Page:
Bula starts oil well
Sunday 24 March 1996
The news, to be announced on the Stock Exchange tomorrow, will provide a much needed boost to Bula's shares which currently languish at just 1.75 Irish pence.
"Now we've delivered on what we promised. We're the only oil company with a full London listing to get this far in Russia," said Tim Howell, Bula's technical manager. "It just shows how a small company can work with the Russians."
The 1,400-square kilometre Salym field contains 500 million barrels of proven and probable reserves and, if all goes to plan, production proper should start by August and build up to 240,000 barrels a day.
Bula's 50 per cent share of the field is worth an estimated pounds 425m in net present value terms, or 33p for each of its 1.3 billion shares in issue.
The market, however, has not yet taken this on board as it remains disappointed by another Bula deal in Russia that came badly unstuck last year.
"In the normal course of events the market would give them the benefit of the doubt, but after the first deal there's an element of wait and see," said one analyst.
Big investors, however, are already taking note: a pounds 3m placing last year brought in Morgan Grenfell Asset Management and Capital International. Each now holds a 7.6 per cent stake.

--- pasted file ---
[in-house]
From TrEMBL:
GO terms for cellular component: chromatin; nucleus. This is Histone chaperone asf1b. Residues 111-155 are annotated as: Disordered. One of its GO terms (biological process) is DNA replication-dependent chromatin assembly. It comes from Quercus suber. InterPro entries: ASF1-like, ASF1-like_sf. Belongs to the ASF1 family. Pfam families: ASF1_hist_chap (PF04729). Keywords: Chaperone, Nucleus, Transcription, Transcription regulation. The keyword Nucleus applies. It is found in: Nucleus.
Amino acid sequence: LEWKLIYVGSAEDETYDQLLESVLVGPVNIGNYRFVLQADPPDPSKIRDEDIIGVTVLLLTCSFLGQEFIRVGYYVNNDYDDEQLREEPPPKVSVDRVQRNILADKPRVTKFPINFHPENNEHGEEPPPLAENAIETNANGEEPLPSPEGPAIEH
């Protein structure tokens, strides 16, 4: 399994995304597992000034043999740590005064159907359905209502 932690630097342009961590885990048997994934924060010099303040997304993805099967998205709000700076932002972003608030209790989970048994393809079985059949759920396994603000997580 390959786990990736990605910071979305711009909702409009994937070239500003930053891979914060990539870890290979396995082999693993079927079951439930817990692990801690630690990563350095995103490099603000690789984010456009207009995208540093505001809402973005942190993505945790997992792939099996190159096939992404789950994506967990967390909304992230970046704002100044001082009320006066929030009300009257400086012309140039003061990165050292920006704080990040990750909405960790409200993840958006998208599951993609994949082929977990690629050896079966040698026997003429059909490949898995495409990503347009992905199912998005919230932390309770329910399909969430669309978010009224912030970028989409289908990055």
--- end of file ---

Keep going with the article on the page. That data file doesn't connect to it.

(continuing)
Bula has already spent pounds 7m on Salym in the oil region of Khanty Mansiysk in western Siberia, and a new 23km pipeline will be in place by the end of April to link the field to Russia's existing network. Oil giants Shell and Amoco are also active nearby.
Vladimir Tokarev, head of Bula's local partner - Khantymansiyskneftegasgeologica - is one of four Russians on Bula's board.
Jim Stanley, Bula's chairman, a former chief financial officer in Central Africa for South African mining giant Anglo American, first targeted Russia in 1992 after forays from Colombia to the Celtic Sea came to nothing.
The firm lost Irpounds 3.4m on turnover of just Irpounds 512,000 from its US gas interests in 1994, the latest in a series of losses stretching back to 1988. In the meantime, the shares have slipped from a 16p high after a number of new issues.
Last year, wrangling over legal title stopped Bula going ahead with the development of 535 million barrels in the Shapshinskoye and Ryamnoye fields near Salym.
Bula is not the only Western firm to have to learn the hard way in Russia, however, and it is confident the direct joint venture on Salym will prevent a repeat of last year's complications.
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